I guess the question in my mind is how much security will we tolerate? Even security professionals are subject to the convenience factor.

–Adrian Lane

Thursday, January 22, 2009

The Business Justification For Data Security

By Rich

You’ve probably noticed that we’ve been a little quieter than usual here on the blog. After blasting out our series on Building a Web Application Security Program, we haven’t been putting up much original content.

That’s because we’ve been working on one of our tougher projects over the past 2 weeks. Adrian and I have both been involved with data security (information-centric) security since long before we met. I was the first analyst to cover it over at Gartner, and Adrian spent many years as VP of Development and CTO in data security startups. A while back we started talking about models for justifying data security investments. Many of our clients struggle with the business case for data security, even though they know the intrinsic value. All too often they are asked to use ROI or other inappropriate models.

A few months ago one of our vendor clients asked if we were planning on any research in this area. We initially thought they wanted yet-another ROI model, but once we explained our positions they asked to sign up and license the content. Thus, in the very near future, we will be releasing a report (also distributed by SANS) on The Business Justification for Data Security. (For the record, I like the term information-centric better, but we have to acknowledge the reality that “data security” is more commonly used).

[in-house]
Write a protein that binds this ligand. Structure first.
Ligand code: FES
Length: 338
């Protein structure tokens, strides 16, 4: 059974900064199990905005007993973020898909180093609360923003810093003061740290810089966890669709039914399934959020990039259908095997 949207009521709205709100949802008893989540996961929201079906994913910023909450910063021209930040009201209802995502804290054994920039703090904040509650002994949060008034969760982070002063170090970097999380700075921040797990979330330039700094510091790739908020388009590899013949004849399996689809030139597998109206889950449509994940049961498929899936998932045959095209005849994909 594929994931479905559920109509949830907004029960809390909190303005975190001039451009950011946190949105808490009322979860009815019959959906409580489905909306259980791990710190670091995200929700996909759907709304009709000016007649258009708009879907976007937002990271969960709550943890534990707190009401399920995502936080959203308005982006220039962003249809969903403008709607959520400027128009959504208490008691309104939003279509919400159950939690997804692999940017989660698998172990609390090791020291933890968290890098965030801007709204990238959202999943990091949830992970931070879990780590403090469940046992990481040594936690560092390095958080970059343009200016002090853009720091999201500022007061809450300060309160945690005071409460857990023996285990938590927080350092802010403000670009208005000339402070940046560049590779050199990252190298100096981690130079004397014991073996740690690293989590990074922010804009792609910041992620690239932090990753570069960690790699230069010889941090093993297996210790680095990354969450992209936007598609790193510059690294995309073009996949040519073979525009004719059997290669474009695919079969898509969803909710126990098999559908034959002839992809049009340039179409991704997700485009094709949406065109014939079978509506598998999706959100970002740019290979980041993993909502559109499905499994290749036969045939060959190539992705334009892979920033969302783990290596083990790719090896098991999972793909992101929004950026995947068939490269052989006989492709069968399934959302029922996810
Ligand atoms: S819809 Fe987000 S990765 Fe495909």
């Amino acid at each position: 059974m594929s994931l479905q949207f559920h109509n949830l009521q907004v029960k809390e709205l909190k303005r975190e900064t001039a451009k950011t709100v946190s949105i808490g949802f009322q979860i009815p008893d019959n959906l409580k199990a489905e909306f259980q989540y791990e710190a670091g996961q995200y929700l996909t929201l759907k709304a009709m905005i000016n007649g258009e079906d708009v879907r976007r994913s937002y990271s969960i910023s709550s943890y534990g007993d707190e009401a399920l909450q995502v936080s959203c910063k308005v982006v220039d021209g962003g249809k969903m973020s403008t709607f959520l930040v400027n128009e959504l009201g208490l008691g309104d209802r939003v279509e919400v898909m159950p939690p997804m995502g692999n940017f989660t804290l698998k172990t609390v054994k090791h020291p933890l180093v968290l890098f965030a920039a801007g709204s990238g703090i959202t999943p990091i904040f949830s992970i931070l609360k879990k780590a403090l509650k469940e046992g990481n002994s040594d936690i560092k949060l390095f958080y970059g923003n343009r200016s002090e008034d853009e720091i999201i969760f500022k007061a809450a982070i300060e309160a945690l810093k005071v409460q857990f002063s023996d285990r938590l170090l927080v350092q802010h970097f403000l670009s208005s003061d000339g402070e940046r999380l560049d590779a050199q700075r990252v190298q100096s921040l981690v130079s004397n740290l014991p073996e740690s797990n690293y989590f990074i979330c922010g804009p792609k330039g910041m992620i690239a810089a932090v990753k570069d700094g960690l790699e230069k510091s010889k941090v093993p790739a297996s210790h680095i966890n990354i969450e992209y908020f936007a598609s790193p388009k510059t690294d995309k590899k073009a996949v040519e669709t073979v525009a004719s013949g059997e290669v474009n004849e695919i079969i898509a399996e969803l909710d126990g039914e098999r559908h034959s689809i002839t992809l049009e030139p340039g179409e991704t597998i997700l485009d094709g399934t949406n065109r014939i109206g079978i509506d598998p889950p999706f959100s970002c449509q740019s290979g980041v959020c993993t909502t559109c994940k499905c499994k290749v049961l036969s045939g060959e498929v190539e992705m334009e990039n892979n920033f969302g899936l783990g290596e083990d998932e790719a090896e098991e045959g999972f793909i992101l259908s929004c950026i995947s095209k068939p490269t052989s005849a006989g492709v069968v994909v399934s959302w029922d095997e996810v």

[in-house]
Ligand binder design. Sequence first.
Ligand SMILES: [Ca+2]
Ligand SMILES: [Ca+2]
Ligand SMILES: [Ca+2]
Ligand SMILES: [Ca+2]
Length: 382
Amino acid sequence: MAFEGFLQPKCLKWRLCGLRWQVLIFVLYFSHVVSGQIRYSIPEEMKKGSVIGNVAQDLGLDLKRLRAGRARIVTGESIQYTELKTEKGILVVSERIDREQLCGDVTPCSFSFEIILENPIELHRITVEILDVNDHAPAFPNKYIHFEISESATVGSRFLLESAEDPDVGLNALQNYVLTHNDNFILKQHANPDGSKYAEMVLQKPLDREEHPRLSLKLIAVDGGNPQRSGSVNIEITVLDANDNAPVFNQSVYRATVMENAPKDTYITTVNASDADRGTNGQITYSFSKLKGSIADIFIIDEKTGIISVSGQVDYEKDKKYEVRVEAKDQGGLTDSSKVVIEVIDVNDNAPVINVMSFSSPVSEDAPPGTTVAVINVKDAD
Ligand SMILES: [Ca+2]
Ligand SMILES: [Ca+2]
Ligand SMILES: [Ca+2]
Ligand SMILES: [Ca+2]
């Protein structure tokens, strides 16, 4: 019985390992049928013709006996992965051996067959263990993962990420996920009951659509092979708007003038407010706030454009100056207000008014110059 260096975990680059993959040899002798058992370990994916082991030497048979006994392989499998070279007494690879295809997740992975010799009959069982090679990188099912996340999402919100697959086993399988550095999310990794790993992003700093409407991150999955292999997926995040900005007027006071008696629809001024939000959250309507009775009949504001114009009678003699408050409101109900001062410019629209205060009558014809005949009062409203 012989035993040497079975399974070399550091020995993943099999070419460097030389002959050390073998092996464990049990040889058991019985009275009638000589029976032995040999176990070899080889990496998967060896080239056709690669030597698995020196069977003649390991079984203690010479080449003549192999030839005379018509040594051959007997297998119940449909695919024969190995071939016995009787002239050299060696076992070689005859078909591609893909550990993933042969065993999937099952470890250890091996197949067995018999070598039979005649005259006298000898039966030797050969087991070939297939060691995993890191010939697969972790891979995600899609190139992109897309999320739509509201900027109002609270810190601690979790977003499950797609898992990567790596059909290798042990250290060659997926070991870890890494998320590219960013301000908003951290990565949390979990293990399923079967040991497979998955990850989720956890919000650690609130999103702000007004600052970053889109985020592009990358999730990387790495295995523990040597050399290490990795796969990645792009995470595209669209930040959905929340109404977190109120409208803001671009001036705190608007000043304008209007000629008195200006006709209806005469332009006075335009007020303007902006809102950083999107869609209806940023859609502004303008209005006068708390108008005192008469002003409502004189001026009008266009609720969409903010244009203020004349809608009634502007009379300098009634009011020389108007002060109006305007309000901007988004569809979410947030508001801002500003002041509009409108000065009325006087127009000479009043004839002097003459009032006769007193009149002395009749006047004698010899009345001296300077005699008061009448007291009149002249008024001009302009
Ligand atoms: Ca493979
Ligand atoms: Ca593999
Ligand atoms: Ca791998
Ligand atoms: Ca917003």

Normally we prefer to develop our content live on the blog, as with the application security series, but this was complex enough that we felt we needed to form a first draft of the complete model, then release it for public review. Starting today, we’re going to release the core content of the report for public review as a series of posts. Rather than making you read the exhaustive report, we’re reformatting and condensing the content (the report itself will be available for free, as always, in the near future). Even after we release the PDF we’re open to input and intend to continuously revise the content over time.

The Business Justification Model

Today I’m just going to outline the core concepts and structure of the model. Our principle position is that you can’t fully quantify the value of information; it changes too often, and doesn’t always correlate to a measurable monetary amount. Sure, it’s theoretically possible, but practically speaking we assume the first person to fully and accurately quantify the value of information will win the nobel prize.